What is Mirena®?
Mirena® is an intrauterine device (IUD) designed to release the hormone levonorgestrel, a type of progesterone, to prevent unwanted pregnancy. The device is implanted into the patient’s uterus where it releases these hormones for up to five years. The device is marketed as a way to prevent pregnancy for up to five years without the need to take a pill or utilize other traditional birth control methods. Unfortunately, patients who are implanted with Mirena® may be at a higher risk of serious injuries or complications than patients using other forms of birth control.
Types of Mirena® Injuries
- Perforation and Embedding in the Uterus and Migration – The Mirena® device can sometimes become dislodged from the uterus and can perforate the surrounding uteran tissue or become embedded in the uterus. The device can also migrate, or travel to other parts of the body and can cause damage to tissues and other organs. These events require surgery to correct, and can be deadly if not treated in a timely fashion.
- Idiopathic Intracranial Hypertension (IIH) (also known as, Pseudotumor Cerebri or PTC) – The Mirena® IUD may be associated with the accumulation of cerebrospinal fluid in the skull which can cause neurological problems. Symptoms of these disorders include double or blurred vision, ringing in the ears, severe headaches, and swelling of the optic nerves.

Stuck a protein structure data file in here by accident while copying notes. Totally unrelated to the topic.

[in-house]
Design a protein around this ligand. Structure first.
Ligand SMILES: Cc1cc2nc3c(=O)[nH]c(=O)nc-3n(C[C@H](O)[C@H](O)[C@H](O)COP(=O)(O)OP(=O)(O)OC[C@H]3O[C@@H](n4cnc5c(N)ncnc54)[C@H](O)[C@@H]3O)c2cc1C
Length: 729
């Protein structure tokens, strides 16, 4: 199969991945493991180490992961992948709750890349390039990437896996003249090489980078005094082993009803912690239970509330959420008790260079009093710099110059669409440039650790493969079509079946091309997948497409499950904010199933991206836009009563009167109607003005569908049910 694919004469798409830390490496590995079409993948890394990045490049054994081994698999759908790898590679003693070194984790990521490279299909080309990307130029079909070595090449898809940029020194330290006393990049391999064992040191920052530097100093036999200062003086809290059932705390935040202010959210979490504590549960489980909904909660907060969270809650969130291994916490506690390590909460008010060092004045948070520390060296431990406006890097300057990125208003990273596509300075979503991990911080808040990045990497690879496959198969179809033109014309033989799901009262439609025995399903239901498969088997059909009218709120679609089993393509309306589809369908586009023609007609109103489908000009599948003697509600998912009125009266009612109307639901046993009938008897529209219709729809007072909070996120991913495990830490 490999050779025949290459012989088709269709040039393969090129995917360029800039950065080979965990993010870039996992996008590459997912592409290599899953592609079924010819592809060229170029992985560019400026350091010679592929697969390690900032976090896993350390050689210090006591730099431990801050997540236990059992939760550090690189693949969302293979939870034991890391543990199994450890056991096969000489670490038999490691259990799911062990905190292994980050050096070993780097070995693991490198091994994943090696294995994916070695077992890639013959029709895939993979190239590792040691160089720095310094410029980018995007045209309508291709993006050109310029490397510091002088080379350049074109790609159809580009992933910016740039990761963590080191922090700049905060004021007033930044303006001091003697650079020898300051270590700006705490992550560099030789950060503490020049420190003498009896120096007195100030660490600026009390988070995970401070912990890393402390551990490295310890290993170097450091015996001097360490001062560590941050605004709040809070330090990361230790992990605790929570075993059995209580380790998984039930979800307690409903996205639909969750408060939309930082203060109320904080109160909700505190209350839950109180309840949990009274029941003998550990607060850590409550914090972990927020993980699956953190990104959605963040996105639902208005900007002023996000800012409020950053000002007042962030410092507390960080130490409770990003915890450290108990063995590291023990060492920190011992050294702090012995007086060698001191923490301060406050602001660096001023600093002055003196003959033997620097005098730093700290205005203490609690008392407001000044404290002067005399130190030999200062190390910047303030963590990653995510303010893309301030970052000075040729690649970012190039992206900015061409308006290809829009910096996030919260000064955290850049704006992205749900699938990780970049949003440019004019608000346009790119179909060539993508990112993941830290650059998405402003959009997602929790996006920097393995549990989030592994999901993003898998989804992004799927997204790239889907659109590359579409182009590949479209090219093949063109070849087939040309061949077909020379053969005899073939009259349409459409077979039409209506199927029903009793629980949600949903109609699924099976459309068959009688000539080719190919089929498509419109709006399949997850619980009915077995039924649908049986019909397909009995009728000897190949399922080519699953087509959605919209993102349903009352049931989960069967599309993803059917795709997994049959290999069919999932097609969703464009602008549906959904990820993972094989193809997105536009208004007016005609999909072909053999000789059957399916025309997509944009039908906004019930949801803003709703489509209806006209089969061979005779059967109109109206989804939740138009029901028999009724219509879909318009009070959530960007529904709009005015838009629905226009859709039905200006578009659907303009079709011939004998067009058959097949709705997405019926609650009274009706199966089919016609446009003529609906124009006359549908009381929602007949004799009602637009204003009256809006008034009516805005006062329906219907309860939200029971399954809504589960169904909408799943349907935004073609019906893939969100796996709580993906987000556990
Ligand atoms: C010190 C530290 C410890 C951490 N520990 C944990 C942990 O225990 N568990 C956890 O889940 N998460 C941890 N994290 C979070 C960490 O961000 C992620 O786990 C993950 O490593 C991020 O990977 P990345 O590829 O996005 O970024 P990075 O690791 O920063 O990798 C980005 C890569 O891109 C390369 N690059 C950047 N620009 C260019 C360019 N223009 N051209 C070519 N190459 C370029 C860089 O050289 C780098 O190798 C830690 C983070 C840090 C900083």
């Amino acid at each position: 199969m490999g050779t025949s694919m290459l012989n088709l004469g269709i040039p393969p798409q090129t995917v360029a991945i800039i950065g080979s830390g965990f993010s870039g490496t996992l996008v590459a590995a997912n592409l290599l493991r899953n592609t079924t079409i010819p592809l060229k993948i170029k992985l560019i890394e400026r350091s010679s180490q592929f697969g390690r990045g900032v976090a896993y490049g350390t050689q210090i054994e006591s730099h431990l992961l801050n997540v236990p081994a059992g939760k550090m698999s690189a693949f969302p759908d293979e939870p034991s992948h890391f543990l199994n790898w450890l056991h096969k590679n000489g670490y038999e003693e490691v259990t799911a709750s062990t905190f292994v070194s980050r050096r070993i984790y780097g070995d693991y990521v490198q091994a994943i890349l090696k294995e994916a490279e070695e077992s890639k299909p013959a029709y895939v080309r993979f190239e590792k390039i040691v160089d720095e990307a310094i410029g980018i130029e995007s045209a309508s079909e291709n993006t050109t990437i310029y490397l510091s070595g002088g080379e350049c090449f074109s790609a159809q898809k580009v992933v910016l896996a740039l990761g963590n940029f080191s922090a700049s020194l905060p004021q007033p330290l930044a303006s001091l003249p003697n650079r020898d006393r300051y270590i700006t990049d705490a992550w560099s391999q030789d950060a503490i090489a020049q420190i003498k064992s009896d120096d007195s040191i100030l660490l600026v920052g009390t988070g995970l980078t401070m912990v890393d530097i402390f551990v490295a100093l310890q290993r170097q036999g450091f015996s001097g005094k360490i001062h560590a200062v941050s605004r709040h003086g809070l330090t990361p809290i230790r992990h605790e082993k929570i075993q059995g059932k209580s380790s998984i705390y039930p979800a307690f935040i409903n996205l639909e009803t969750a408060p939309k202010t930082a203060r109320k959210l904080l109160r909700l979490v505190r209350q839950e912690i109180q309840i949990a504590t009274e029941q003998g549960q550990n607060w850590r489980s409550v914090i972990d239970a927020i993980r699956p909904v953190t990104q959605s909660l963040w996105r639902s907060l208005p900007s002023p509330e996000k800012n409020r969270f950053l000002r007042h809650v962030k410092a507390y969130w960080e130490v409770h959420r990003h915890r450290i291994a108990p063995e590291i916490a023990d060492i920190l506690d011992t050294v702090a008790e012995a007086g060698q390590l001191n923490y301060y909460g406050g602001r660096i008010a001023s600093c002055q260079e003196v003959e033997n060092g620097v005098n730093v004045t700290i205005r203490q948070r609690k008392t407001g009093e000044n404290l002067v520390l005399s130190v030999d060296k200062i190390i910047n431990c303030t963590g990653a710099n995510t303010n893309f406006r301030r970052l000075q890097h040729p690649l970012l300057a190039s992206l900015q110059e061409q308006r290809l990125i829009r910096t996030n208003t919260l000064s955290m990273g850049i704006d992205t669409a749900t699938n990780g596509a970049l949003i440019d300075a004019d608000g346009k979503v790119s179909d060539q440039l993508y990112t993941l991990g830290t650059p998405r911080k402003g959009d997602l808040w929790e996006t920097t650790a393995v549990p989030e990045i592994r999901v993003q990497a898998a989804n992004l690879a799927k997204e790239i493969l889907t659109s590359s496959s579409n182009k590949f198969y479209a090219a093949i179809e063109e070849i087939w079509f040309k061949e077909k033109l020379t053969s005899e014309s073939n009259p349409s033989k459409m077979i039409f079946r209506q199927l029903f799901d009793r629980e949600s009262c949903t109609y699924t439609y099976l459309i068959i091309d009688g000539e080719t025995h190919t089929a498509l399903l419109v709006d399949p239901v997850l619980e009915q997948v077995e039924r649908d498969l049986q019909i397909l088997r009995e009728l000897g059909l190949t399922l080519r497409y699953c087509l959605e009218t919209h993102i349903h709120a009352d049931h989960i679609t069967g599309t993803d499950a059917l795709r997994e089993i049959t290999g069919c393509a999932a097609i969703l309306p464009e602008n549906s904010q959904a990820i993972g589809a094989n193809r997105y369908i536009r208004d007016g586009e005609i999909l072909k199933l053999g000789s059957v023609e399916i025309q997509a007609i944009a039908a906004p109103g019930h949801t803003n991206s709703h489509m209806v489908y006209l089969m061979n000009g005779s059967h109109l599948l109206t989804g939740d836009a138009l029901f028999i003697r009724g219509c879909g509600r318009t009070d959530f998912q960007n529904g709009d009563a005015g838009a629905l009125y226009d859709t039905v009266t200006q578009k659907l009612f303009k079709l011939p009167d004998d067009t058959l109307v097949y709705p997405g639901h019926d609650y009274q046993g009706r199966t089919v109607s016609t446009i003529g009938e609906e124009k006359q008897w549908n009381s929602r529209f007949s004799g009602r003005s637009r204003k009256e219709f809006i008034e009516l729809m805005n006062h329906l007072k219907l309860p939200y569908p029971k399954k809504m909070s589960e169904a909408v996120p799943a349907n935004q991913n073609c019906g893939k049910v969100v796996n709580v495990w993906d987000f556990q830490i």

- Unwanted Hysterectomy – If a patient experiences an unwanted side effect from Mirena®, sometimes it is necessary for the patient to undergo a hysterectomy to fix the problem. Once a woman has a hysterectomy, she can no longer have children. So if a young woman experiences a side effect of Mirena® and needs a hysterectomy to fix the problem, she will no longer be able to have children as a result of the problem.
The history of Mirena® litigation is a complicated one. The United States Judicial Panel on Multidistrict Litigation originally created MDL No. 2434, which was centralized in the Southern District of New York, but was limited to only cases alleging migration of Mirena® into the uterus of patients. MDL 2434 did not include claims that Mirena® caused Intracranial hypertension. In July 2016, the presiding judge of MDL 2434 entered an Order granting summary judgment to Defendants in all cases in the MDL, effectively eliminating the litigation. That ruling is currently on appeal.
In April 2017, the United States Judicial Panel on Multidistrict Litigation created MDL No. 2767 and centralized the MDL in the Southern District of New York in front of Presiding Judge Paul A. Engelmayer. Unlike the first MDL concerning Mirena®, the second Mirena MDL is focused solely on alleged intracranial hypertension injuries. As a result of the creation of this MDL, every lawsuit filed in any Federal Court in the U.S. alleging intracranial hypertension injuries caused by Mirena® will be transferred into the MDL for pretrial proceedings.